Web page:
Moon of Alabama Brecht quote
April 09, 2006

The Public Benefits

Comparing today's Washington Post's reporting on page A01 with its editorial on page B06, we find several slight inconsistencies.

The editorial writers at the Washington Post must be smoking some amazingly strong stuff.

It obviously disable them from reading their own paper. But then it does induce some high quality hallucinations.

PRESIDENT BUSH was right to approve the declassification of parts of a National Intelligence Estimate about Iraq three years ago in order to make clear why he had believed that Saddam Hussein was seeking nuclear weapons. Presidents are authorized to declassify sensitive material, and the public benefits when they do.
A Good Leak;
Washington Post Editorial; Sunday, April 9, 2006; Page B06

...

As he drew back the curtain this week on the evidence against Vice President Cheney's former top aide, Special Counsel Patrick J. Fitzgerald for the first time described a "concerted action" by "multiple people in the White House" -- using classified information -- to "discredit, punish or seek revenge against" a critic of President Bush's war in Iraq.
A 'Concerted Effort' to Discredit Bush Critic;
Washington Post Report by Staff Writers; Sunday, April 9, 2006; Page A01

-------

The material that Mr. Bush ordered declassified established, as have several subsequent investigations, that Mr. Wilson was the one guilty of twisting the truth. In fact, his report supported the conclusion that Iraq had sought uranium.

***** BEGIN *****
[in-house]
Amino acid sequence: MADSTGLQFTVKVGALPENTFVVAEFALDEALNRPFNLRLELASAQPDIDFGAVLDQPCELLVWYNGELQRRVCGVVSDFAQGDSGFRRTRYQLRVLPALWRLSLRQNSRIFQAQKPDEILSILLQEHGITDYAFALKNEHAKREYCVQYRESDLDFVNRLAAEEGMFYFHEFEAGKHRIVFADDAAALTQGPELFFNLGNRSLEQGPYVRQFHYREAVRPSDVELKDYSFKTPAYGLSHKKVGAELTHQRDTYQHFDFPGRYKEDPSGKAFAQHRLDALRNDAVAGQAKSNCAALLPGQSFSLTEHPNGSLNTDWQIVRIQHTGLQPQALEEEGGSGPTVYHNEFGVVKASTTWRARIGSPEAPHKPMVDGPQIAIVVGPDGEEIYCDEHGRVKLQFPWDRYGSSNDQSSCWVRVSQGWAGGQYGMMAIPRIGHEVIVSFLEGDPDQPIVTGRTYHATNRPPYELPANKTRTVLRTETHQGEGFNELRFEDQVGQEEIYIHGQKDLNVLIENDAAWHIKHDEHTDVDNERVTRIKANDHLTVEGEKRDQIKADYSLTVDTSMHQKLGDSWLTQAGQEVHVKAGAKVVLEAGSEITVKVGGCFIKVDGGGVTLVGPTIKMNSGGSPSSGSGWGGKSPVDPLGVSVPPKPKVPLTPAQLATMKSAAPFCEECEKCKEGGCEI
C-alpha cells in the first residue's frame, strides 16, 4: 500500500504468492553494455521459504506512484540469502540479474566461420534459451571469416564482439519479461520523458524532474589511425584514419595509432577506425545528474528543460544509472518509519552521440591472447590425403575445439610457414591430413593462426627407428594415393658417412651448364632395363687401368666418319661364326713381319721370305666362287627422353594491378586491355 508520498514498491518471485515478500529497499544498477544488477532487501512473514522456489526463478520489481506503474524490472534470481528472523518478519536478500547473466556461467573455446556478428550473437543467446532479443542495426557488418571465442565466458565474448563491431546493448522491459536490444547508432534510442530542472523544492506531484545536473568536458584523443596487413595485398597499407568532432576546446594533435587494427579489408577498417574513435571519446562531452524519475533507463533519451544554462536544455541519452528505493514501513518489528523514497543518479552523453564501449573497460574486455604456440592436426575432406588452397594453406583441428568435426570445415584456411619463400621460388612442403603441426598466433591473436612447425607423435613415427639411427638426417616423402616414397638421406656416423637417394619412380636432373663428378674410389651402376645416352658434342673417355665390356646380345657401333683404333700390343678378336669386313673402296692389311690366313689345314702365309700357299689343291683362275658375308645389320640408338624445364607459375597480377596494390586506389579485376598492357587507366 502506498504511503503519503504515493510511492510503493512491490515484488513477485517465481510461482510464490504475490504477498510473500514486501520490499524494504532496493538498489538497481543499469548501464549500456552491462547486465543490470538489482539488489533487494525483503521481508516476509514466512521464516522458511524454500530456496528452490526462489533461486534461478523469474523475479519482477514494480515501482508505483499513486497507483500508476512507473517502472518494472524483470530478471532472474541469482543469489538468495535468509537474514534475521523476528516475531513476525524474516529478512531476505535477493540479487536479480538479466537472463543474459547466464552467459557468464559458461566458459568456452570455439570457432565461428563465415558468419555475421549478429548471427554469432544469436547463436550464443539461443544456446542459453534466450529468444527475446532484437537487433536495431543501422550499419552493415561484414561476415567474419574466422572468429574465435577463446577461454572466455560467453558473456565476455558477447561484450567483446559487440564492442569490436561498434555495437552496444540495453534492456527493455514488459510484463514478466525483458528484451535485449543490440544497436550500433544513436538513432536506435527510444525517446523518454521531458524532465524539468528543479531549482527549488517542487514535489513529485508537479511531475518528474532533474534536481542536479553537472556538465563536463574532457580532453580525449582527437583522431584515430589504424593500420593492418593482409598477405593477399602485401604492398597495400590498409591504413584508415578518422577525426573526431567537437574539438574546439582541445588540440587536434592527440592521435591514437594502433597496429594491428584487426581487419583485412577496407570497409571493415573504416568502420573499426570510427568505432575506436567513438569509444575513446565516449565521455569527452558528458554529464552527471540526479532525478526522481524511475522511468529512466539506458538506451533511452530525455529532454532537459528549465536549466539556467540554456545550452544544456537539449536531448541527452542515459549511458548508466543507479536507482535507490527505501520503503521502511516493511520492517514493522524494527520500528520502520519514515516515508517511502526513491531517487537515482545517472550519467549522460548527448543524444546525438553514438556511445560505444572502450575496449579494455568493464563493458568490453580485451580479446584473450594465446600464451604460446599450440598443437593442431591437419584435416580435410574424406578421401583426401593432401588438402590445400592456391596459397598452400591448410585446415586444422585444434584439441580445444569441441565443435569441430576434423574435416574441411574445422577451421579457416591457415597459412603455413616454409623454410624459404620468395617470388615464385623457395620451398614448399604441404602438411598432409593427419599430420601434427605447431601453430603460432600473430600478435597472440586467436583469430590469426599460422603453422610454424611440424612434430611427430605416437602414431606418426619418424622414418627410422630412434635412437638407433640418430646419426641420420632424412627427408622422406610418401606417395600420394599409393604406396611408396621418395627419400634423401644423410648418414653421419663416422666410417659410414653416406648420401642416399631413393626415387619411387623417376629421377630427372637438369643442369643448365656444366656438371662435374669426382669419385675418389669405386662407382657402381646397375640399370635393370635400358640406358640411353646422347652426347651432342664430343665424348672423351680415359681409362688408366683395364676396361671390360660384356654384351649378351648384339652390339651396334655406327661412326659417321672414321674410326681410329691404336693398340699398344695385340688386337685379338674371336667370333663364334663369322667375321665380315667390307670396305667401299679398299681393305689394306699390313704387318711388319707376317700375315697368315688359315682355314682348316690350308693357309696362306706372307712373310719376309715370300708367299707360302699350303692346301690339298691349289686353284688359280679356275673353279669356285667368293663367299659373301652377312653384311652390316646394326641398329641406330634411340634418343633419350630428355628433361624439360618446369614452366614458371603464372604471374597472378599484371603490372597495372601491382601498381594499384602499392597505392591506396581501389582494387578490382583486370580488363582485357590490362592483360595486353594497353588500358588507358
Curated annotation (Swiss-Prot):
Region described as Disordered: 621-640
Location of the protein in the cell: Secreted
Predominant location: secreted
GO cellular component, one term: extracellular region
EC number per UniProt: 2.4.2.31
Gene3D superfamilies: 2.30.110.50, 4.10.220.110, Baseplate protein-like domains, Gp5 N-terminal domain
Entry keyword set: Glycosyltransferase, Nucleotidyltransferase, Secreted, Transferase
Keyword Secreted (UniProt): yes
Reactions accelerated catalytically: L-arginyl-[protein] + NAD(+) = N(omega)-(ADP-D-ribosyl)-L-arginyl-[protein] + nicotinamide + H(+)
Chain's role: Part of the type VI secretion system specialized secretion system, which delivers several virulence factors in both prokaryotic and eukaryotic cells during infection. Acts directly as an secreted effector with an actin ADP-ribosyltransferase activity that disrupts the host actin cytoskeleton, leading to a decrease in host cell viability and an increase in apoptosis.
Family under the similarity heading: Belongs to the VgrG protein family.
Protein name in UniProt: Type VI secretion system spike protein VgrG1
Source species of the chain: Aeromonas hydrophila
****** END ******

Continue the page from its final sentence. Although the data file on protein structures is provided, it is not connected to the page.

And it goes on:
A Good Leak;
Washington Post Editorial; Sunday, April 9, 2006; Page B06

...

Cheney, in a conversation with Libby in early July 2003, was said to describe Wilson's CIA-sponsored trip to Niger the previous year -- in which the envoy found no support for charges that Iraq tried to buy uranium there -- as "a junket set up by Mr. Wilson's wife," CIA case officer Valerie Plame.
A 'Concerted Effort' to Discredit Bush Critic;
Washington Post Report by Staff Writers; Sunday, April 9, 2006; Page A01

-------

Mr. Wilson subsequently claimed that the White House set out to punish him for his supposed whistle-blowing by deliberately blowing the cover of his wife, Valerie Plame, who he said was an undercover CIA operative. This prompted the investigation by Special Counsel Patrick J. Fitzgerald. After more than 2 1/2 years of investigation, Mr. Fitzgerald has reported no evidence to support Mr. Wilson's charge.
A Good Leak;
Washington Post Editorial; Sunday, April 9, 2006; Page B06

...

Fitzgerald said the grand jury has collected so much testimony and so many documents that "it is hard to conceive of what evidence there could be that would disprove the existence of White House efforts to 'punish' Wilson."
A 'Concerted Effort' to Discredit Bush Critic;
Washington Post Report by Staff Writers; Sunday, April 9, 2006; Page A01

-------

As Mr. Fitzgerald pointed out at the time of Mr. Libby's indictment last fall, none of this is particularly relevant to the question of whether the grounds for war in Iraq were sound or bogus. It's unfortunate that those who seek to prove the latter would now claim that Mr. Bush did something wrong by releasing for public review some of the intelligence he used in making his most momentous decision.
A Good Leak;
Washington Post Editorial; Sunday, April 9, 2006; Page B06

...

One striking feature of that decision -- unremarked until now, in part because Fitzgerald did not mention it -- is that the evidence Cheney and Libby selected to share with reporters had been disproved months before.